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We are committed to publishing objective reportage, tailored to a homeless readership, and to publicising the complete range of services available to homeless people, to reduce hardship amongst our readers and to enable them to guide their future.
We believe that drives to produce homogenous services for homeless people are misguided, and that a range of service types and sizes are the only way to cater successfully for our diverse readership.
We believe that sleeping rough is physically and mentally harmful; however, we do not preach to those who chosen to, nor do we believe that all options to get off the streets are necessarily beneficial to long-term health and happiness.
The Rights Guide for Rough Sleepers outlines your rights around arrest, stop and search, answering police questions, move-ons, no-drinking zones, sleeping rough, taking a pee in public and highway obstruction. It was put together by The Pavement, Housing Justice, Liberty and Zacchaeus 2000.
If your benefits have been sanctioned (cut off or reduced) and you feel this is unfair, you can appeal. Print this letter and hand it in at the office where you sign on. If you feel you need more advice about sanctions, contact Zacchaeus 2000 or your nearest Citizen’s Advice Bureau. And let us know firstname.lastname@example.org at The Pavement!
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Staff, 11 April 2013
The UK Borders Agency - the authority that has deported rough sleepers from Eastern Europe - is to be scrapped after home secretary Theresa May told MPs “its performance was not good enough”.
The UKBA was formed in 2008 as distinct from the Home Office, but Ms May said this had led to a “secretive and defensive culture”.
On March 25, MPS from the Home Affairs Committee published a report claiming that the UKBA had repeatedly supplied incorrect information about the size of backlog asylum cases, describing it as “not fit for purpose”.
Committee chairman and Labour MP Keith Vaz welcomed the home secretary’s decision to put the border agency “out of its misery”.
Jane Evans, 11 April 2013
A musician who kicked and stomped on the head of a Bristol rough sleeper, has been sentenced with a suspended jail term.
Sharon Collins, who was bedding down with her Jack Russell in a Bristol underpass known to locals as the Bear Pit, spoke to Diego Rodriguez at 1.15am in October last year; he responded with an unprovoked attack, kicking Collins in the back of the head and returning to stamp on her face.
CCTV footage and blood found on the defendant’s shoe helped to secure his arrest and subsequent conviction.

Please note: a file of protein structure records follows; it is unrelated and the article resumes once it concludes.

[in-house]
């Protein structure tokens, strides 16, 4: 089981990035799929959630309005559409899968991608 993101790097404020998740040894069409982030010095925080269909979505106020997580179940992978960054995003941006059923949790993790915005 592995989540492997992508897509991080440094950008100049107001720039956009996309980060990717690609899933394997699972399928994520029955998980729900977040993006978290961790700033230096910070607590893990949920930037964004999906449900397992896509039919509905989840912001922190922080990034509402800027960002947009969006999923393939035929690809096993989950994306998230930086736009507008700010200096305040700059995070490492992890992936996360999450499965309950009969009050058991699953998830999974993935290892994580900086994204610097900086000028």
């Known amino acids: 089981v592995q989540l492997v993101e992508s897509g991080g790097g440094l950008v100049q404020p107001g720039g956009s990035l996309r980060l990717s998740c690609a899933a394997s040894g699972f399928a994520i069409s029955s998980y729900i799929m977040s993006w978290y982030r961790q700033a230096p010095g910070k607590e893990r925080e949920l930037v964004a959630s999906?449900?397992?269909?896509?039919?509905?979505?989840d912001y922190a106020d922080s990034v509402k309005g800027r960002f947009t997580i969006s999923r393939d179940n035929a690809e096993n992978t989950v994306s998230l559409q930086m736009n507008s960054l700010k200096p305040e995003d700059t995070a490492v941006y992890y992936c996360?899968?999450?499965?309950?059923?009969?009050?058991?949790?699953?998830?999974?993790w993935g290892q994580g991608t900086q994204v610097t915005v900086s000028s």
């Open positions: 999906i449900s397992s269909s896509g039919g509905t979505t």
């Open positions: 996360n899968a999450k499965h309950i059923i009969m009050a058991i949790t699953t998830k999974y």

Although he says he was drunk and cannot recall the encounter, he pleaded guilty of assault occasioning actual bodily harm. Crown Court judge David Ticehurst gave Rodriguez a 12-month prison sentence, which was suspended for 18 months. He must also carry out 240 hours unpaid work and pay £100 court costs, along with a further £100 to the victim.
The judge told Rodriguez: “As your barrister said, this was a malicious and violent offence. This woman was sleeping rough. She regarded an underpass in Bristol as her bedroom.
“She was sleeping on blankets, her head was on a suitcase and she was trying to get some sleep when someone like you comes along and kicks her for no good reason.”
Sean Lafferty, 11 April 2013
The Old Bailey has heard how a man killed a Scottish homeless person and later turned up at Buckingham Palace demanding to see the Queen.
Ghodratollah Barani strangled Mark Morrison, 46, originally from Dunblane, at Marble Arch, central London, in June and spent the next week repeatedly trying to see the monarch.
Barani had been to the palace before the killing and was twice taken to hospital but doctors thought he was feigning illness to advance his asylum application. He said he had been hearing voices telling him to kill someone to make him king. He believed the Queen would help him and when he was stopped at the north gate of Buckingham Palace, he said he was the king of Afghanistan.
The 27-year-old Afghan, who lived in Sheffield before arriving in London, pleaded guilty to manslaughter on the grounds of diminished responsibility. He was ordered to be detained in a secure hospital for an undefined period of time.
Barani had been taken to St Thomas's and Gordon hospitals after two previous attempts to enter the palace.